Unlike the national split in antebellum America, in our time the movement has all been on one side of the spectrum, which has charged with relentless energy away from the common ground we once shared. It has done so with ever-increasing momentum and haughty moralism. And now it looks back at us from the Brave New World it has occupied, and hoots at us with catcalls and violent threats for not marching in lockstep. The sheer rage and hysteria that pervades most leftist politics today is at once a charade to deflect its guilt, and a threat meant to win our compliance.
Don’t let them gaslight you. As of, say, 1996, both left and right in America could agree on most of the following propositions:
- American borders are sovereign, and those who enter illegally have no right to stay, or gain government benefits. It is our right to vote democratically on how many people enter, and what qualifications they have. And then to enforce that decision using officers of the law.
- Americans have fundamental Constitutional gun rights under the Second Amendment. It’s the job of lawmakers to determine reasonable limits on the exercise of that right, but it may not be repealed.
- The Supreme Court is meant to interpret the Constitution as written. That document is sacred, the foundation of civic order in our nation.
- Men and women are equal, but really different. Each sex exists as part of a natural order written in our biological nature.
- Abortion is at least regrettable and tragic, and even if we can’t agree whether or it should be legal, we all think it should be “rare.” It is not an act of “empowerment.”
- Marriage is between one man and one woman, and ideally, for life.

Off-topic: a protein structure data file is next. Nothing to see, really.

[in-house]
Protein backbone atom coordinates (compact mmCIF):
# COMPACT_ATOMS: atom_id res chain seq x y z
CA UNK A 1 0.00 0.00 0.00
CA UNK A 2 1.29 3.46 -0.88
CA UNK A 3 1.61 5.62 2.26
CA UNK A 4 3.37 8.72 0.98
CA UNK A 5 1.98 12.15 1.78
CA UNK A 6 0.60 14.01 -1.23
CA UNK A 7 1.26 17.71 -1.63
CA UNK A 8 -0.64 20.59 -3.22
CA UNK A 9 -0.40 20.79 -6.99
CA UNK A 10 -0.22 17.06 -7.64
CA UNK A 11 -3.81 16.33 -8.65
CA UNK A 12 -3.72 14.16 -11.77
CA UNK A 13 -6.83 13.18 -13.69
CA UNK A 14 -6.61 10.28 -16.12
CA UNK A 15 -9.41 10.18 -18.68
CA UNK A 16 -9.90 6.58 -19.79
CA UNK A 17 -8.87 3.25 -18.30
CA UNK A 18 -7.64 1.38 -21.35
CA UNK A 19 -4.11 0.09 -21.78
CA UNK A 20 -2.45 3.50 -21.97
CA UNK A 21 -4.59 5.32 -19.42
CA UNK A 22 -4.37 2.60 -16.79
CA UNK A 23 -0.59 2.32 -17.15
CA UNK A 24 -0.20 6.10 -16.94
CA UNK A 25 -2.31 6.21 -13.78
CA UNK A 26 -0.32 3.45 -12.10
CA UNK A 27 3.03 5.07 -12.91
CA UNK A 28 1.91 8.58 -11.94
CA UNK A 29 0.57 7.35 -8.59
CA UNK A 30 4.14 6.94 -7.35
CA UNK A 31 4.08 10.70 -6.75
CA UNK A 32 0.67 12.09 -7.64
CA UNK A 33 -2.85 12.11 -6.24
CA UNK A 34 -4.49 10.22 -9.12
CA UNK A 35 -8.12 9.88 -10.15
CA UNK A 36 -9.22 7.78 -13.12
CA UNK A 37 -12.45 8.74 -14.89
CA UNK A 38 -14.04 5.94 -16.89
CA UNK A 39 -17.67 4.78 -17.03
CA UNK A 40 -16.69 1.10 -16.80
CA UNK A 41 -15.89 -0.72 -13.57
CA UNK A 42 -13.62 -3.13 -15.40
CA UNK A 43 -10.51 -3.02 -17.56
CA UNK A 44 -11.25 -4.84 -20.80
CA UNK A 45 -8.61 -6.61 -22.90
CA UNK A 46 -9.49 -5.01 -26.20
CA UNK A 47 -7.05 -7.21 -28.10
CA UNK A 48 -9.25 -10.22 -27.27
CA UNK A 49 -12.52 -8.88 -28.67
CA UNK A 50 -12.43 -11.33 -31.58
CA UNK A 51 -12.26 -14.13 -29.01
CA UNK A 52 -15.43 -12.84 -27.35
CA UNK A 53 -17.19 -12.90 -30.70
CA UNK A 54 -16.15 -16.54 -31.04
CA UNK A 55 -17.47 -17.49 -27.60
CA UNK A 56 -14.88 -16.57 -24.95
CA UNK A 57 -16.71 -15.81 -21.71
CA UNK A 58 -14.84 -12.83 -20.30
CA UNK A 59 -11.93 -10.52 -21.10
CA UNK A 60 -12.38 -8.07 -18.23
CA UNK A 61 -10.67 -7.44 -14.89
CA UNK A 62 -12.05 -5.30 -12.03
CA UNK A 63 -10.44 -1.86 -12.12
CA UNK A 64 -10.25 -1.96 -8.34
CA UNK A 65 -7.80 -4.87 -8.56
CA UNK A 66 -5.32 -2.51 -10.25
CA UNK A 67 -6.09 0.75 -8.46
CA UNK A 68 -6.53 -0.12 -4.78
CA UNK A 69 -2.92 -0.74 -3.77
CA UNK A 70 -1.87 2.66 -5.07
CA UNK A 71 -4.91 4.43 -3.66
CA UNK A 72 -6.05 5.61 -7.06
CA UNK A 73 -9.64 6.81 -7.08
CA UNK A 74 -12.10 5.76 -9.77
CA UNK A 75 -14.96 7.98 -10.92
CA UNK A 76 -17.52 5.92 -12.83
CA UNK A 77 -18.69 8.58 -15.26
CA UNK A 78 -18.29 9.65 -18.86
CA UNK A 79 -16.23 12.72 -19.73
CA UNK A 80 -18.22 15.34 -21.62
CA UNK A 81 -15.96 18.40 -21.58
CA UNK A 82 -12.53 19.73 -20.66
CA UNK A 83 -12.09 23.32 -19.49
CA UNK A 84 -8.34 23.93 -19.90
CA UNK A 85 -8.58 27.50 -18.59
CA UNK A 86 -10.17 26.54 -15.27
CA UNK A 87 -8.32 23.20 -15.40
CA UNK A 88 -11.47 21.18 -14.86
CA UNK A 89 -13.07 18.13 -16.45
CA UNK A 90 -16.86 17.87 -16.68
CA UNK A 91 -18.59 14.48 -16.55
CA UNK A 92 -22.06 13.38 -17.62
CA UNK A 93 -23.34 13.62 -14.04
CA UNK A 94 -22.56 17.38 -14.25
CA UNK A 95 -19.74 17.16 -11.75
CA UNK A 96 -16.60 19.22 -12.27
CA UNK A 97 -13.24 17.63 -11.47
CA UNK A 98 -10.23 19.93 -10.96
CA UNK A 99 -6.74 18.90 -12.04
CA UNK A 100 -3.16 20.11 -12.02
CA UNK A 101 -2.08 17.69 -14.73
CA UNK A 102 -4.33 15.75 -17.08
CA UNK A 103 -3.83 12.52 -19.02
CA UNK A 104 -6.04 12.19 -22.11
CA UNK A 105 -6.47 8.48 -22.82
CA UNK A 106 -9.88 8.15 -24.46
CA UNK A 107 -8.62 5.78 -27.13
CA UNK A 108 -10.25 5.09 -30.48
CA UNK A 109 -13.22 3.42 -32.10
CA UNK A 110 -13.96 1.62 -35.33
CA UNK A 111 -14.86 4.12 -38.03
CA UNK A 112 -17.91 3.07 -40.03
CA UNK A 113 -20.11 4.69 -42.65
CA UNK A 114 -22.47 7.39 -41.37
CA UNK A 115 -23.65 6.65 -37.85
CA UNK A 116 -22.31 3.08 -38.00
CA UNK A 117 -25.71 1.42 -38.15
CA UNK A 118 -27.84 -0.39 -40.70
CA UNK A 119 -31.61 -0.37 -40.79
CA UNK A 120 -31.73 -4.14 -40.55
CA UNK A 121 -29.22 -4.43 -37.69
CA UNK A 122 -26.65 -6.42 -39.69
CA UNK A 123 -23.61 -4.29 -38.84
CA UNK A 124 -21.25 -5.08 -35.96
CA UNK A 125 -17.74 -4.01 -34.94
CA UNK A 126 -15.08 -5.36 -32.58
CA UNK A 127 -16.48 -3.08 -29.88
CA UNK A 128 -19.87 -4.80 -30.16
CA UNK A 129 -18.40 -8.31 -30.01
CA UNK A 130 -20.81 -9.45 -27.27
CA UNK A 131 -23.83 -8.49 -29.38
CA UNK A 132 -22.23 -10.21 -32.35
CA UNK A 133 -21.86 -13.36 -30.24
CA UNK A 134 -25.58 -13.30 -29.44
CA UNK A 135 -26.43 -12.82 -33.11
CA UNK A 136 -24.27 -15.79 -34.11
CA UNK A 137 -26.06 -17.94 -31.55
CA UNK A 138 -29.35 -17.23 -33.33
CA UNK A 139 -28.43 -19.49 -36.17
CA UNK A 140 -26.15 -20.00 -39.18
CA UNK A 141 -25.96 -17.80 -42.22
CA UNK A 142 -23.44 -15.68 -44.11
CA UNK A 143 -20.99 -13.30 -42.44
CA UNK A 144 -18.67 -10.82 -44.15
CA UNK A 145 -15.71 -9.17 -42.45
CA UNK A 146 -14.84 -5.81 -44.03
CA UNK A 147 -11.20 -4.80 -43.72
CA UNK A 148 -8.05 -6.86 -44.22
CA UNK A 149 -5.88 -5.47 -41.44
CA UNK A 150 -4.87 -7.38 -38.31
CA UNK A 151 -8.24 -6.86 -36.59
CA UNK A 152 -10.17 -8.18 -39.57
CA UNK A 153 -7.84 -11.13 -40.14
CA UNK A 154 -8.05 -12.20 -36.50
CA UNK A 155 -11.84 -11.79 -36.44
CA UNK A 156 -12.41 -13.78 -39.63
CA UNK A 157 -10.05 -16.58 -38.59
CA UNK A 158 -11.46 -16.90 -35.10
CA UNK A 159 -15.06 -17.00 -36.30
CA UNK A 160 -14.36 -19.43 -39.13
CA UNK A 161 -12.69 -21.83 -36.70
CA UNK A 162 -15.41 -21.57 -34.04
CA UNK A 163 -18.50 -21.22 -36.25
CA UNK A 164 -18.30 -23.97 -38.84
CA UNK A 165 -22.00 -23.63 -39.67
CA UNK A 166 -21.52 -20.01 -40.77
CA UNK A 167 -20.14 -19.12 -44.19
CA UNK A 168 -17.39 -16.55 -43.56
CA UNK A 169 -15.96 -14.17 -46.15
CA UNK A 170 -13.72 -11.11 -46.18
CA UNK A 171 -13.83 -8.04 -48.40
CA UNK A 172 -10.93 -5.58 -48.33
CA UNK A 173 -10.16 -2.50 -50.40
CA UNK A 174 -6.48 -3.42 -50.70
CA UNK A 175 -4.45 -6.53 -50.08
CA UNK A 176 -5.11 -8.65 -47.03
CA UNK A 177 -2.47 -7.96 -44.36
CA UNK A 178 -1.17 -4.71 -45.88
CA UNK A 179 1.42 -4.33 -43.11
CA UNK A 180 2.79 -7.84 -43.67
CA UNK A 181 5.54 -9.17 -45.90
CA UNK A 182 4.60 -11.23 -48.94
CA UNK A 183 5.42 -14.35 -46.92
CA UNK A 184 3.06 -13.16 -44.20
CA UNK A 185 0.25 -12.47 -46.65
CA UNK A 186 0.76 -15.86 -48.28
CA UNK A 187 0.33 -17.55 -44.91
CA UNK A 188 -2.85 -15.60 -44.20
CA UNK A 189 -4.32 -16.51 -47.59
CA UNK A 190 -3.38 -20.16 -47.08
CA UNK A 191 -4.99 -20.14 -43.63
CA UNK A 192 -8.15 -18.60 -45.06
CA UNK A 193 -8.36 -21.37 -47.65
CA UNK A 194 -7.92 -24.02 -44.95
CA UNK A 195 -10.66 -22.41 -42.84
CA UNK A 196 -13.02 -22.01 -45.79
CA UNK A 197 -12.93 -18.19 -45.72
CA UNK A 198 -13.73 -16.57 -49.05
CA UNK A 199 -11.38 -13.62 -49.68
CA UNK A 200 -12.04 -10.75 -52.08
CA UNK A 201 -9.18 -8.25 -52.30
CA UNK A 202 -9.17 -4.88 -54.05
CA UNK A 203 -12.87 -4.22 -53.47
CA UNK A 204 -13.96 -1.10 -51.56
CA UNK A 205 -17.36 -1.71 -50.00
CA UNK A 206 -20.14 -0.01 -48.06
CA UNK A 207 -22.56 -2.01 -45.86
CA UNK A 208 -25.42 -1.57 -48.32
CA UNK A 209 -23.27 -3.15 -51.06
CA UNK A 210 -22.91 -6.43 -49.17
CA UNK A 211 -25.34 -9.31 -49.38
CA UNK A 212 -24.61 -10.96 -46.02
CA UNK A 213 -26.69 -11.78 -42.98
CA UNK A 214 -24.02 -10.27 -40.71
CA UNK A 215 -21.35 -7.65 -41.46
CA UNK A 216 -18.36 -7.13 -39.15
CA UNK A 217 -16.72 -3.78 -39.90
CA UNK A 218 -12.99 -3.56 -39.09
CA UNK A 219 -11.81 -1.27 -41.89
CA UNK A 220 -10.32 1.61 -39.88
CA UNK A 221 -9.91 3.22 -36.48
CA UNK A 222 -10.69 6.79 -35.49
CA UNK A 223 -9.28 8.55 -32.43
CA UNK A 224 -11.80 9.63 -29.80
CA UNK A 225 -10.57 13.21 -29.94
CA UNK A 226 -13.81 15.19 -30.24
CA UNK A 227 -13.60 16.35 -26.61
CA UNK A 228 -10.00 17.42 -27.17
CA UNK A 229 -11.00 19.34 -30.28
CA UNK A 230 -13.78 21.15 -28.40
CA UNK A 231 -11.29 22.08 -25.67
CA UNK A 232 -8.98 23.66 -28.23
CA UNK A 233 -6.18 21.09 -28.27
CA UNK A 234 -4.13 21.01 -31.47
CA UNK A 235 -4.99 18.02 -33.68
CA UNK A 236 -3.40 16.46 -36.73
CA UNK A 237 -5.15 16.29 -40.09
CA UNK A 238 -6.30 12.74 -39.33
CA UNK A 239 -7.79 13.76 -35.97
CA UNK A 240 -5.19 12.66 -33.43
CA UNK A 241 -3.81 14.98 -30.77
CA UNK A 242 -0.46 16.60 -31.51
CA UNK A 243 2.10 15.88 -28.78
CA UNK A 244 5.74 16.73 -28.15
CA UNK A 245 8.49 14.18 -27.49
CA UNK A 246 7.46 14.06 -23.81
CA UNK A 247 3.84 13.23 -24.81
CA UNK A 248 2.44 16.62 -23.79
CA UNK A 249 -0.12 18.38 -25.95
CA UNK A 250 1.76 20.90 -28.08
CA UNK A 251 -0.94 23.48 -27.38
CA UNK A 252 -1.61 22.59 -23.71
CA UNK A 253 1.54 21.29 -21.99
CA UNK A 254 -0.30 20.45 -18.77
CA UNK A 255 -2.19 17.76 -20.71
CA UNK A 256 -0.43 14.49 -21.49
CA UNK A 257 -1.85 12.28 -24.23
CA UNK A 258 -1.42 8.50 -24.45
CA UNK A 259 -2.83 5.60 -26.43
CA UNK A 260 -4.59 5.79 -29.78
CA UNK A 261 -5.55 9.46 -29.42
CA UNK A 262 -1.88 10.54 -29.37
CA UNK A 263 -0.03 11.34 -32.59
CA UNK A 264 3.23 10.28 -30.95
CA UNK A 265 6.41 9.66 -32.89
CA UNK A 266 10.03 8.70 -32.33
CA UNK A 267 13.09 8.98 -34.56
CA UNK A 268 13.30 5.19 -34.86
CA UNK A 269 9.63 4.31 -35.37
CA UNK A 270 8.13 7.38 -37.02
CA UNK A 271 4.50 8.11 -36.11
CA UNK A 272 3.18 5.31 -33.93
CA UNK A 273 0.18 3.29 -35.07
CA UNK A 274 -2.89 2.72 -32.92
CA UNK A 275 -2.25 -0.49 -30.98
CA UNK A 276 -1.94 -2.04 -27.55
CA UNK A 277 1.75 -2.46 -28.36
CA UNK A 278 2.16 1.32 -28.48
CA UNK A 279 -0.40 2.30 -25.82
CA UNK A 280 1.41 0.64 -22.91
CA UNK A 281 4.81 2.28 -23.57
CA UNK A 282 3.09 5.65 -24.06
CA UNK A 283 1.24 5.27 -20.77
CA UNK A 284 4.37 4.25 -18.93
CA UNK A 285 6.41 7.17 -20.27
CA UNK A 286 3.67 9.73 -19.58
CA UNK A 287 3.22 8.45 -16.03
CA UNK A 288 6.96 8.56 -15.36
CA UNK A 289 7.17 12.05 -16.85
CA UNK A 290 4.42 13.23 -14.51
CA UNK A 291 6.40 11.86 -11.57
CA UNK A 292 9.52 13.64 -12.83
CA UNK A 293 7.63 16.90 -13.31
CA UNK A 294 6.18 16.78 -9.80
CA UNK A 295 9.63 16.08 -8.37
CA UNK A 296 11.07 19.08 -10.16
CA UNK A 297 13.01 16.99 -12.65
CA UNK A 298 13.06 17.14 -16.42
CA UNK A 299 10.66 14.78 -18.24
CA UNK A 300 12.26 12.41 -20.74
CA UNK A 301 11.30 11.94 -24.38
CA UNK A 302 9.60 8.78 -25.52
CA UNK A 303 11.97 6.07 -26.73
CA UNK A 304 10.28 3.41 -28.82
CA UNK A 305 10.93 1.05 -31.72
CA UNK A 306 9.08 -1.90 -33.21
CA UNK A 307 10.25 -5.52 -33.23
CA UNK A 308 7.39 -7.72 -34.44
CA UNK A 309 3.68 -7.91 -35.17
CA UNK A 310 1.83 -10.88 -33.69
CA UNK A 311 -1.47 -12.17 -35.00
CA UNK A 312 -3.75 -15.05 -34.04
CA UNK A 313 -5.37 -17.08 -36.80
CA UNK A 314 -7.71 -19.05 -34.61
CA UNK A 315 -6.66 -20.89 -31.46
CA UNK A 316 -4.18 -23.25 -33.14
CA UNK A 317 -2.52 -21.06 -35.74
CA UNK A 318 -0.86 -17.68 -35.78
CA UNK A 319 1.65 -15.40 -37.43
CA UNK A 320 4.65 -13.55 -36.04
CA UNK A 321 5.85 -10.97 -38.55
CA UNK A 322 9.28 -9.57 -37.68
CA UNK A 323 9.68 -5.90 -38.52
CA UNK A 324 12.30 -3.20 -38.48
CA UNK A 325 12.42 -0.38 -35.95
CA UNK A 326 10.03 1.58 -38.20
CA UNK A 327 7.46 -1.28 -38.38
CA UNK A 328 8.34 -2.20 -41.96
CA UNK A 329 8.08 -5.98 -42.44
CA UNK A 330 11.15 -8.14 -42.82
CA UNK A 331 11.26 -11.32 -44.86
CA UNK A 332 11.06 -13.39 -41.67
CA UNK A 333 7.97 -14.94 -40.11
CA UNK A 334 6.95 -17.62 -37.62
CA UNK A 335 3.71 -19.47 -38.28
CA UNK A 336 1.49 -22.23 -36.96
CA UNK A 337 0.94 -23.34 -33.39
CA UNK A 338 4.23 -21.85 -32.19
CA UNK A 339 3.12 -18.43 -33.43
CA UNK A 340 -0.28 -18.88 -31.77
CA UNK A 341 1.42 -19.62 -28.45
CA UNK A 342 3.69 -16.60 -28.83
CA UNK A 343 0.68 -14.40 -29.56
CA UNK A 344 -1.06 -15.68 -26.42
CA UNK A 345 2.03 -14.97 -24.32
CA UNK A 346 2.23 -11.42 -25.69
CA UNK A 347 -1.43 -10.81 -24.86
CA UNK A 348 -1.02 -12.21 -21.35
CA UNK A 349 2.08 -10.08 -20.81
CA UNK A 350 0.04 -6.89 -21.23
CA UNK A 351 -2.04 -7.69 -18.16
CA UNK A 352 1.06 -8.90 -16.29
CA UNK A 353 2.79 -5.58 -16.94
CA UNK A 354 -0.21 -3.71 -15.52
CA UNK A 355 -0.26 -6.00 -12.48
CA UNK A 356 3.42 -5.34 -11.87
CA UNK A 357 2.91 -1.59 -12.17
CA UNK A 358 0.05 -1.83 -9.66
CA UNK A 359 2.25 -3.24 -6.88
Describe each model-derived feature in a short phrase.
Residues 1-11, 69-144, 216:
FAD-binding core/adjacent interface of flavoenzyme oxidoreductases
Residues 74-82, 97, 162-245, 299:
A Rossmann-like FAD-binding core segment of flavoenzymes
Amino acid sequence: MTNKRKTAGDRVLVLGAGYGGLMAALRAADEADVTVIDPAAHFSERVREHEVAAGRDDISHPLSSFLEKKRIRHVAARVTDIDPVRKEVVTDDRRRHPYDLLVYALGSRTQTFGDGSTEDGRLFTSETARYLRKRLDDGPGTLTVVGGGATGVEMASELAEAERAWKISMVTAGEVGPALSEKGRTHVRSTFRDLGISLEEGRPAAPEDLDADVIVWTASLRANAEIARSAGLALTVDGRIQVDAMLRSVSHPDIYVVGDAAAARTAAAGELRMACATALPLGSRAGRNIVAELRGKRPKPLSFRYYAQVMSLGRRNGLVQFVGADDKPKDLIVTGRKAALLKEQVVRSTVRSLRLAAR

- Religious freedom is fundamental, and the government may not abridge it except for threats to public safety.
- Political speech should be free, even when some find it “offensive,” except for threats of violence and calls for the overthrow of the government.
- Academia should seek the objective truth, and allow the maximum free expression of different opinions to help us find it.
We Are What We Were
All those things sat on our common table, when Bill Clinton was president. On not one of those issues has the right moved further “right.” Our principles are the same. The GOP hasn’t given in to zealots of racist, theocratic, or even anarcho-libertarian extremes. We stand where Reagan stood. But the left has walked away. Even worse, it has stormed away from that table, and marched off into the night, shouting blame and threats.
The GOP hasn’t given in to extremists of racist, theocratic, or even anarcho-libertarian extremes. We stand where Reagan stood. But the left has walked away.
It’s not for us to follow them out into the parking lot, and apologize for nothing. Now all we share with the left is what Hobbes thought each citizen lived by: the desire to avoid violence, simply from fear of suffering by it.
They thought that Obama’s election in 2008 indeed “fundamentally transformed” America. That the election in 2016 was a mere formality, like some vote in old East Germany.
They were wrong. Now they’re throwing a tantrum.
We just need to keep our cool. And vote on November 6. And stand our ground. With right on our side, we must by lawful means defeat them. Comprehensively and utterly, without compromise or apology. As Sherman defeated the slave states.